Workplace safety and health consultation - small business
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Workplace safety and health consultation is a two-way process involving the business and workers communicating and co-operating with each other in regards to workplace safety and health issues. The two-way communication will enable them to engage in common discussion resulting in optimal outcome for safe workplace environment. As well as being good business sense, the workplace safety and health consultation is specific legal obligations.
*Note: ‘Workers’ in this context include ‘employees’, ‘contractors’ and ‘labour hires’.
Why is consultation important?
Effective consultation acts as a proactive means to uncover a wealth of information and knowledge relating to work process and work safety practice from workers. Getting workers to participate in consultation is likely to help prevent work-related injuries and incidents. Research has found that safety and health consultation enhances workplace safety, increases productivity and encourages workers’ commitment by:
- utilising workers’ experience and expertise to solve safety issues;
- facilitating the risk management process by encouraging workers to identify potential hazards and developing solutions to solve problems;
- making safety and health issues a joint problem solving exercise between the business and workers which in turn creates trust and a sense of partnership;
- offering workers’ opportunities to contribute to decisions that affect their safety and health; and
- increasing effective implementation of safety and health policy and procedures as a consequence of workers having active and constructive roles towards workplace safety.
What is my obligation?
Small business (employer) has a duty in safety and health legislation to consult and co-operate with workers, or their representatives (if any) over matters affecting their safety and health at the workplace. There are also specific requirements regarding the election of workplace safety and health representatives. The duty to consult extends to contractual arrangements, such as, between a principal contractor and contractors; and an employer and labour hires.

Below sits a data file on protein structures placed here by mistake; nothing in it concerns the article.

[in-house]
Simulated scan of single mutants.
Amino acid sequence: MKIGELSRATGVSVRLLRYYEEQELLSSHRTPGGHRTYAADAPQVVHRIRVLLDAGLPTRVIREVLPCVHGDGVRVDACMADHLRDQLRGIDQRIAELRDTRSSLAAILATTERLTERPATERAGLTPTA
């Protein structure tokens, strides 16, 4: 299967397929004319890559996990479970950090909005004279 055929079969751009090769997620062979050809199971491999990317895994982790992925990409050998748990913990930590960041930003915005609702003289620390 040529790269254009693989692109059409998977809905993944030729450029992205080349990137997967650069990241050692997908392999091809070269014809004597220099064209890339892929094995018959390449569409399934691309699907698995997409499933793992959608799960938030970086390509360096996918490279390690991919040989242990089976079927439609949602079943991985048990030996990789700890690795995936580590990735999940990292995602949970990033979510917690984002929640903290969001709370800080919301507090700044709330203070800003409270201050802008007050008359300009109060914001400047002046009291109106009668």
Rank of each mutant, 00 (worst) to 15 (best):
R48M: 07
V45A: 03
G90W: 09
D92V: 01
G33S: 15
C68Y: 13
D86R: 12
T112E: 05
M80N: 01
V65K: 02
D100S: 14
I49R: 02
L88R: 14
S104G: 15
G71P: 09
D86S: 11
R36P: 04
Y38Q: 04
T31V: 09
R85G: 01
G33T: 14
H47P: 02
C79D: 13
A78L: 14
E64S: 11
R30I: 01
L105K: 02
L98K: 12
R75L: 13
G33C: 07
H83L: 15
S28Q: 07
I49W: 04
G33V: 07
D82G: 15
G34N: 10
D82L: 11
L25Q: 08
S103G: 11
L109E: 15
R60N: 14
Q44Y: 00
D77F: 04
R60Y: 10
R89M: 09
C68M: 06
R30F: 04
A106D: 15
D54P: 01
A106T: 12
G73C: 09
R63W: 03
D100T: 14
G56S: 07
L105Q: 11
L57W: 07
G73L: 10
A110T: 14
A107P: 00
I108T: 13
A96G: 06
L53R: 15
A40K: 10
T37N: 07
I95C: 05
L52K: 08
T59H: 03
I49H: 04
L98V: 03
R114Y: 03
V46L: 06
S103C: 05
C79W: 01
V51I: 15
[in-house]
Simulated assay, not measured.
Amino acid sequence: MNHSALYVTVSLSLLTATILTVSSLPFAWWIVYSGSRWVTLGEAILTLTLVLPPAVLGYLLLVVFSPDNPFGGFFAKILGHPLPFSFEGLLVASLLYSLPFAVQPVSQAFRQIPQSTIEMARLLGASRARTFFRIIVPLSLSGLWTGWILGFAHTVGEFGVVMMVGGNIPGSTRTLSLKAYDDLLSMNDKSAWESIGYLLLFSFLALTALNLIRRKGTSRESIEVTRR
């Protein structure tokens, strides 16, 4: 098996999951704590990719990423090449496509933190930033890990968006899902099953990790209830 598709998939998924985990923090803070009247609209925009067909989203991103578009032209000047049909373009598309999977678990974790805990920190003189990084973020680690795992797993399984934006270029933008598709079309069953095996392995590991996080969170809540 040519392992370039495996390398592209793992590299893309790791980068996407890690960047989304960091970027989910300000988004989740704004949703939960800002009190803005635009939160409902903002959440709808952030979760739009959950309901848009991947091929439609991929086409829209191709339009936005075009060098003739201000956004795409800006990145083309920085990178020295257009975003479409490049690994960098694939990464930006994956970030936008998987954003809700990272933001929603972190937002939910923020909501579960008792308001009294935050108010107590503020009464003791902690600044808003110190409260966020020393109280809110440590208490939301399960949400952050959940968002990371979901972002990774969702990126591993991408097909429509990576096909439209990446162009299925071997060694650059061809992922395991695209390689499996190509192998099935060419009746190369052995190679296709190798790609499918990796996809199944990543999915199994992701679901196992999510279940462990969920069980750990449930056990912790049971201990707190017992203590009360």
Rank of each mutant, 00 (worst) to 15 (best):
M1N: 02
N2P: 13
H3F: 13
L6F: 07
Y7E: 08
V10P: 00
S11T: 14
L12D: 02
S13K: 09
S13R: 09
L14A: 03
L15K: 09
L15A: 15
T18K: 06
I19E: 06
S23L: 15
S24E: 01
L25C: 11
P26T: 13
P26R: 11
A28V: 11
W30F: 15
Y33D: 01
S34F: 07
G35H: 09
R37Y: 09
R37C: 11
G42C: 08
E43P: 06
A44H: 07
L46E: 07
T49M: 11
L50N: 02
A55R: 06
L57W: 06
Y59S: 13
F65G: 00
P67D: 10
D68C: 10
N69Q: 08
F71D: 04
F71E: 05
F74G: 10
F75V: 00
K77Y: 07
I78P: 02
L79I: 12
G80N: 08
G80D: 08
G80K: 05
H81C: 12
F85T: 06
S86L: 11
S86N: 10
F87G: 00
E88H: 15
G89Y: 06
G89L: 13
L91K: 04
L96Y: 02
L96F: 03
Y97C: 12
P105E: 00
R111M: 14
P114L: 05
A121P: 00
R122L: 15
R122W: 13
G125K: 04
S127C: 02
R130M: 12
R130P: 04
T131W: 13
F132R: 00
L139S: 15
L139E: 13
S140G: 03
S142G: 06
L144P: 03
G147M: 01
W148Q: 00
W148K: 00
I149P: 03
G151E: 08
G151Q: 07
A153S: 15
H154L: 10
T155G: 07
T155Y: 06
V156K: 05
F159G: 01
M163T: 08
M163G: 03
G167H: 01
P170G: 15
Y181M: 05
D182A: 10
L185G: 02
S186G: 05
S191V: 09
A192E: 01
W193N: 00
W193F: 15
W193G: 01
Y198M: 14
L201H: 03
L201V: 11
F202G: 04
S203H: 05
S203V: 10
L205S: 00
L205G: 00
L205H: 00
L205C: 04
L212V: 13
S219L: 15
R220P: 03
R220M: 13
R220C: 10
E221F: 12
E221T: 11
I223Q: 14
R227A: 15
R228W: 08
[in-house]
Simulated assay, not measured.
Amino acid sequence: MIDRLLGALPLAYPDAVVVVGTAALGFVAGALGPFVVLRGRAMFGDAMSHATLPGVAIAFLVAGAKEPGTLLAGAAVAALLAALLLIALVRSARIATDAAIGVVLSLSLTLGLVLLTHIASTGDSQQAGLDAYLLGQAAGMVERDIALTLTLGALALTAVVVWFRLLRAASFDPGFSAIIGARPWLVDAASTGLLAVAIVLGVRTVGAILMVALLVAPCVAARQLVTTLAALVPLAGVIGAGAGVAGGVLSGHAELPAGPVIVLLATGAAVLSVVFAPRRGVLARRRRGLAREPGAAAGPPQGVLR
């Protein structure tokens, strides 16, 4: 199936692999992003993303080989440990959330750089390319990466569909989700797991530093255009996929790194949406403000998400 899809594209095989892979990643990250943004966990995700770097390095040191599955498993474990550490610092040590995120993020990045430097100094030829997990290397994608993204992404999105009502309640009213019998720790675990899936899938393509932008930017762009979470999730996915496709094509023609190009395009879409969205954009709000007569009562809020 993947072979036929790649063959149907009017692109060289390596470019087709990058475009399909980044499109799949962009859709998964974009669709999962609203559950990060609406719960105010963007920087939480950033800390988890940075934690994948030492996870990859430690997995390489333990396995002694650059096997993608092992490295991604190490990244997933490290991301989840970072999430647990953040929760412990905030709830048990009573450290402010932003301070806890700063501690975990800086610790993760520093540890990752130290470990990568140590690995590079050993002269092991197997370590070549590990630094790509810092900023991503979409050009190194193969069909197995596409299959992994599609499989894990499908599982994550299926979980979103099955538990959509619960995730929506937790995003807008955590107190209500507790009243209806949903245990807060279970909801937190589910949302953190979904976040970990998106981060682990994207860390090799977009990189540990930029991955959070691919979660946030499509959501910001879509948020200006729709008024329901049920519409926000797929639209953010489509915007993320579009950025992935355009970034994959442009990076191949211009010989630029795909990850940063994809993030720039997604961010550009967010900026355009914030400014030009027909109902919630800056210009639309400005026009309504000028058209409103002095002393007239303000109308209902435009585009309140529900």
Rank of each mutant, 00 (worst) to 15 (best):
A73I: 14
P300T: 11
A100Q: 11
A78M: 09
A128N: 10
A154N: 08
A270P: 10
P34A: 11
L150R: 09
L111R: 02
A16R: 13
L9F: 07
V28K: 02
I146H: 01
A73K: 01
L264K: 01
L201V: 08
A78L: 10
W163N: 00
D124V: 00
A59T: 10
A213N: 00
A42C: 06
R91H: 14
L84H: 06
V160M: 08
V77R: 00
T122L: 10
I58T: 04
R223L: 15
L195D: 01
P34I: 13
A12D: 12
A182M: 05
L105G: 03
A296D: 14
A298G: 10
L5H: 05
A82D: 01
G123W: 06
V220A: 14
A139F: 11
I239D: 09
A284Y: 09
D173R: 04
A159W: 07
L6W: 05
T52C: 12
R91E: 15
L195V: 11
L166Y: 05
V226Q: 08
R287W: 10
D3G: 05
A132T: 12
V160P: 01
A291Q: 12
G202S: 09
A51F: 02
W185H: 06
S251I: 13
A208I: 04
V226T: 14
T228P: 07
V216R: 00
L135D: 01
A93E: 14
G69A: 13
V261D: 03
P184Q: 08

When to consult?
Consultation should be initiated prior to any workplace initiatives or changes that may affect the safety and health of workers. This may include, but is not limited to the following:
- identifying hazards, assessing risks and considering appropriate risk control measures;
- developing safe working procedures;
- changing work process or work practice that relates to machinery, plant, equipment, and hazard substances;
- resolving safety and health issues; and
- electing safety and health representatives and forming a safety and health committee.
How to consult?
Remember that effective consultation is a two-way process. The following are some suggestions that can be used to achieve consultation in small business.
- Call a toolbox safety meeting which provides an avenue for the business and workers to brainstorm and exchange ideas regarding workplace safety and health;
- Conduct a pre-start talk prior to commencing any work project to go through process and procedures of the project, and obtain safety ideas and expertise from the work group.
- Include discussion of workplace safety and health issues and practice as a regular agenda item in team meetings.
- Allow workers to express their safety concerns or suggestions relating to safety improvement, for example, via suggestion box or having an individual to be the recipient of the suggestions.
- Involve workers in the hazard identification, risk assessment and risk control process.
- Allow workers to participate in workplace safety inspections.
- when purchasing or changing brands/ type of PPE, hand tools or similar items, invite workers to test the samples to find out the type they prefer and why.
- If workers are represented by a safety and health representative, then the consultation process must involve that representative.
Keys to effective consultation
Small business could employ the following to enhance cooperation and effective consultation with employees.
- Hazards, injuries and near misses reported by workers must be investigated within a reasonable time frame. When considering changes workers’ suggestions and ideas should be obtained as early in the process as possible.
- Workers should feel their concerns and ideas have been taken seriously and acted on. The final decision must take into account of occupational safety and health legislation, compliance and, in particular, the duty of care.
- Workers should be thanked for their efforts to work safely. Acknowledging people who work safely will result in the behaviour being repeated.
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